Language Use in the Portrayal of both Women and Men in HIV/AIDS Public Sensitization Texts in the Tanzanian Mass Media

Mwema Felix Pambila


This research paper aimed at exploring how women and men are portrayed in HIV/AIDS public sensitization texts in the Tanzanian mass media. The research was carried out in Dodoma region, Dodoma municipality in central Tanzania. The data was collected in both print and electronic media. Since it is a qualitative research, I analyzed the concepts by describing the essential and core concepts; interpretation of data whereby the issue is studied and described within the broader context to add meaning to the data. In order to explore the social construction of gender roles in language use, I relied on the Feminism Theory (FT) and Critical Discourse Analysis (CDA), which contends that there is a close relationship between language and power and that language can lead to imbalance power relations.The study reveals that women and men are portrayed differently. Men are shown as active; they are the ones who matter, while women are shown as passive or second class human beings. In the anti-HIV/AIDS discourse, men are portrayed as the ones who are main users of condoms while women are depicted as passive objects. This means that, women have no power over the act of safe sex since they depend on men who decide on whether to use condoms or not.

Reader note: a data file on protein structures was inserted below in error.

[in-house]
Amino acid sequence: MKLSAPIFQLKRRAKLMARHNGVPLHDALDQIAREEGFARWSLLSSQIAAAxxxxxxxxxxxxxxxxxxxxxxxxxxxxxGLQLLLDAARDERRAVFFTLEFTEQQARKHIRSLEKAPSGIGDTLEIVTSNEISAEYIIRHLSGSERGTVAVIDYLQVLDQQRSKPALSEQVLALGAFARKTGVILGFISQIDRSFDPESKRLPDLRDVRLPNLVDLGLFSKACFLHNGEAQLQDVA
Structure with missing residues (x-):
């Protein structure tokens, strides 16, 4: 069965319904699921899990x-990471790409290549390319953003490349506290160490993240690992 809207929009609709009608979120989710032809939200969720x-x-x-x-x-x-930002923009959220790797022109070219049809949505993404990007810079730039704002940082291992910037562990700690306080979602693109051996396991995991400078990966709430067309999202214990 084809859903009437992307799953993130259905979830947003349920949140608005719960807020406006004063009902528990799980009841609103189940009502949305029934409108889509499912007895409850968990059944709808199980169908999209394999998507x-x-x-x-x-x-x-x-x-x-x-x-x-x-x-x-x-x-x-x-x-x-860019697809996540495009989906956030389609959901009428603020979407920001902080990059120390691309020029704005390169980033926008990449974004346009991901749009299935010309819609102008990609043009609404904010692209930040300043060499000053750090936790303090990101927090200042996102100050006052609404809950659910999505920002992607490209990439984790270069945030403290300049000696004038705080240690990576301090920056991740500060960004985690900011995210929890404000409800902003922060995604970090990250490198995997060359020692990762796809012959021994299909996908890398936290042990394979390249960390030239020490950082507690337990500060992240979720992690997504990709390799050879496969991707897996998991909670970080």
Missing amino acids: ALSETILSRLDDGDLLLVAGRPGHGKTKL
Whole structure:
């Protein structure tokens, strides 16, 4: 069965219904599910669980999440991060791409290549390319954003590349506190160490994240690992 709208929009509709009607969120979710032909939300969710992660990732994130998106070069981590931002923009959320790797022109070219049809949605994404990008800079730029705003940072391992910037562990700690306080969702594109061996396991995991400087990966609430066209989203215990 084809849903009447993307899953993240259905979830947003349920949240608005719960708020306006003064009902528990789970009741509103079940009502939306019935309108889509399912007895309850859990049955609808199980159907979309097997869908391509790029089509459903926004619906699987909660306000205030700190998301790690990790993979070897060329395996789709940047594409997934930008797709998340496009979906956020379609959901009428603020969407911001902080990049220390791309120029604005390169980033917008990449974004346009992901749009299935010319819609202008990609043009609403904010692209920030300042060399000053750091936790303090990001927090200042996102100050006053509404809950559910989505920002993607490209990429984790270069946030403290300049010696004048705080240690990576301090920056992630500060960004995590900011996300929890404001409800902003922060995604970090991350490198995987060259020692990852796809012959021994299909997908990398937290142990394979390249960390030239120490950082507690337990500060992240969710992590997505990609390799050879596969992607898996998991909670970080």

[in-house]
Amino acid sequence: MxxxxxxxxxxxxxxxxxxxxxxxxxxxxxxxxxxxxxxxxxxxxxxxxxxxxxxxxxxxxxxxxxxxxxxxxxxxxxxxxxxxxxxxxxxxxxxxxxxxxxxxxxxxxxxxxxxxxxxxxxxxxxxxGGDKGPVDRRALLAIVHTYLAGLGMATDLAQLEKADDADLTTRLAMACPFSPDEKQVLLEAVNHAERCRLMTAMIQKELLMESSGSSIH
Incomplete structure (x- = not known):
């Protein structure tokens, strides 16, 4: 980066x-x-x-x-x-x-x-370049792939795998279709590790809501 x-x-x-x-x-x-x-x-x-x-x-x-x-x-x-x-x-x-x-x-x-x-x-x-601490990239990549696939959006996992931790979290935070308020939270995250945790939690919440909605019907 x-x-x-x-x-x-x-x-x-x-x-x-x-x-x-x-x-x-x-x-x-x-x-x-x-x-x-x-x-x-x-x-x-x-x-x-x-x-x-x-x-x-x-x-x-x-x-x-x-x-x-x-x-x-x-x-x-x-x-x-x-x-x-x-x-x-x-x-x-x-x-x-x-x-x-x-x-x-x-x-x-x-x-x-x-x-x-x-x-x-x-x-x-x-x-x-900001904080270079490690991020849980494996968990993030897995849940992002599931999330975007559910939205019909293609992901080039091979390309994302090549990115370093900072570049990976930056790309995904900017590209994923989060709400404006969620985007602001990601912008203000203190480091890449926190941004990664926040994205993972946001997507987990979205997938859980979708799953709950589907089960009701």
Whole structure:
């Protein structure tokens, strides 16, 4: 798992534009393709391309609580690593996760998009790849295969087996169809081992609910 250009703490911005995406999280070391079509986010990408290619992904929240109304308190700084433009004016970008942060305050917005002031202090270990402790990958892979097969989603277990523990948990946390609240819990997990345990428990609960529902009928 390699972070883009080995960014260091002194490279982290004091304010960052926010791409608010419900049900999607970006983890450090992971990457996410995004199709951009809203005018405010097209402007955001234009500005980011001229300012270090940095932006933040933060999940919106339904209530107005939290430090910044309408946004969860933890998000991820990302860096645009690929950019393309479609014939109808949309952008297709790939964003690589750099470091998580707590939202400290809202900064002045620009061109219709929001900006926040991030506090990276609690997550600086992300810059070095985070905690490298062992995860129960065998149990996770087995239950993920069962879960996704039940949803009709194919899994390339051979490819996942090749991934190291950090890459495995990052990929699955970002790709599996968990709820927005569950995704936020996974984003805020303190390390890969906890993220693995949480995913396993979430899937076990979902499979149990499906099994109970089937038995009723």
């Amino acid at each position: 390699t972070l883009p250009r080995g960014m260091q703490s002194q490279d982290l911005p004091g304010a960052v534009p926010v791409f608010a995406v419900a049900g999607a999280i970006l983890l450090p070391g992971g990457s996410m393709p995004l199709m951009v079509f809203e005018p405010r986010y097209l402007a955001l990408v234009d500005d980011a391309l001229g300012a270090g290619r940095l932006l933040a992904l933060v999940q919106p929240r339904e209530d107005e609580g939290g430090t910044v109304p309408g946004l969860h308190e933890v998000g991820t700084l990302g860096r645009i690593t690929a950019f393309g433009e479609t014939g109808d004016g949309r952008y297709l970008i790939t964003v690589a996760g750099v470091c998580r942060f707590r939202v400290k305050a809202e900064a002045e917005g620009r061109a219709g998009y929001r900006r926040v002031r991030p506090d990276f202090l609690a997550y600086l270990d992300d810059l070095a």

Keywords: Language, gender stereotypes, critical discourse analysis, HIV/AIDS, mass media

Full Text: PDF
Download the IISTE publication guideline!

To list your conference here. Please contact the administrator of this platform.

Paper submission email:

ISSN (Paper)2224-5766 ISSN (Online)2225-0484

Please add our address "" into your email contact list.

This journal follows ISO 9001 management standard and licensed under a Creative Commons Attribution 3.0 License.

Copyright ©